I worry less about what payments are called than how much is paid. 25% or 50% are both less than what self-publishing can typically provide. Here are the details for the major ebook retailers:

    Here’s the ranking from best to worst:

    1. Smashwords Direct: 85% less a per sale financial charge. If you have a list of fans, you might send them there. There’s no DRM and the book is available in multiple formats for the same purchase and they can do additional downloads far out into the future. With Smashwords Direct, both you and your readers get the best deal.

    2. Apple: 70% at all prices. No download or financial charges. No meddling demands.

    3. Smashwords via other channels: Typically 60-65% when sold through other retailers. Precise details here:

    Smashwords also lets you sell to libraries at whatever price you choose.

    4. B&N: 65% for books priced $2.99-9.99

    5. Amazon: About 60-68%, depending on file size, for books priced $2.99-9.99. Download fees are a very expensive, 15 cents per megabyte. Note too that, while Apple pays 70% in all countries, in some countries Amazon only pays 35% even for “correctly” priced books.

    6. B&N: 40% for books priced under $2.99 or over $9.99

    7. Amazon: 35% for books priced under $2.99 or over $9.99. No download fee.


    As you can see, there is NO retail price where Amazon does not pay less than the others. Even its 70% less that huge download fee was a concession forced on the company when Apple entered the market paying 70% at all prices. But for Apple, Amazon would still be paying authors a miserly. bottom-of-the-market 35% at all retail prices. That illustrates why I think so poorly of author’s who’re Amazon fan boys.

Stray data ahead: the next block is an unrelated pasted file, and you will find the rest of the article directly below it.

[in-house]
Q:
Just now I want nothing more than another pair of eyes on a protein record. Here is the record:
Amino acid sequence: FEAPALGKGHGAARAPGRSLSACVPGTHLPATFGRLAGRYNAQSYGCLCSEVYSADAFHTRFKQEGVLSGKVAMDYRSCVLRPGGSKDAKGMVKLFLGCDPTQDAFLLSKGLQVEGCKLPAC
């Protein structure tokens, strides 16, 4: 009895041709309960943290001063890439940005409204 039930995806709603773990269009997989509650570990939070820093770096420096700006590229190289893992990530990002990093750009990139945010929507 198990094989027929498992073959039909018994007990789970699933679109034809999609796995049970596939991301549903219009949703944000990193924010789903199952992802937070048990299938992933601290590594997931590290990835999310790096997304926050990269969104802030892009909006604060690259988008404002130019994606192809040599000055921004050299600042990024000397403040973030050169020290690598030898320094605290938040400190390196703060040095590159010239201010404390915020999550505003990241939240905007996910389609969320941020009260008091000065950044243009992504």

Some of Amazon’s royalty descriptions drip with lawyerly deception. For example this:

    “If you select the 35% royalty option, your royalty will be 35% of your list price without VAT for each unit sold. If you select the 70% royalty option, your royalty will be 70% of your list price without VAT, less delivery costs (average delivery costs are $0.06 per unit sold, and vary by file size), for each eligible book sold to customers in the 70% territories listed below, and 35% of the list price for each unit sold to customers residing outside the 70% territories. ”

    That’s, of course, utter bosh. You’re not selecting 35% or 70% royalities. If that were the case, everyone would select 70%. Instead, Amazon is dictating which you get depending on which of their niggling conditions about price etc. you meet. Alas, all too many authors fall for those lawyerly deceptions.

    Note too that, by charging that hefty pricing download fee, Amazon is imposing its “ebooks ought to be ugly” policy. You can see from my most recent book that I’m paying far more than that “$0.06 per unit sold” to include a rich set of colorful pictures with my most recent book. It’s for nurses, so feel free to pass the link on to friends in nursing.

    Click on the right to page through the book and see pictures of cute kids and pretty nurses. Some of the kids were once my patients.
    People should be able to enjoy reading ebooks not just endure page after page of endless, badly formatted text. What you see at that link is a fixed-format epub that looks identical to the carefully formatted and published print version of Senior Nurse Mentor. Apple’s iBooks can display that. Amazon’s Kindle reader can’t.

    –Mike Perry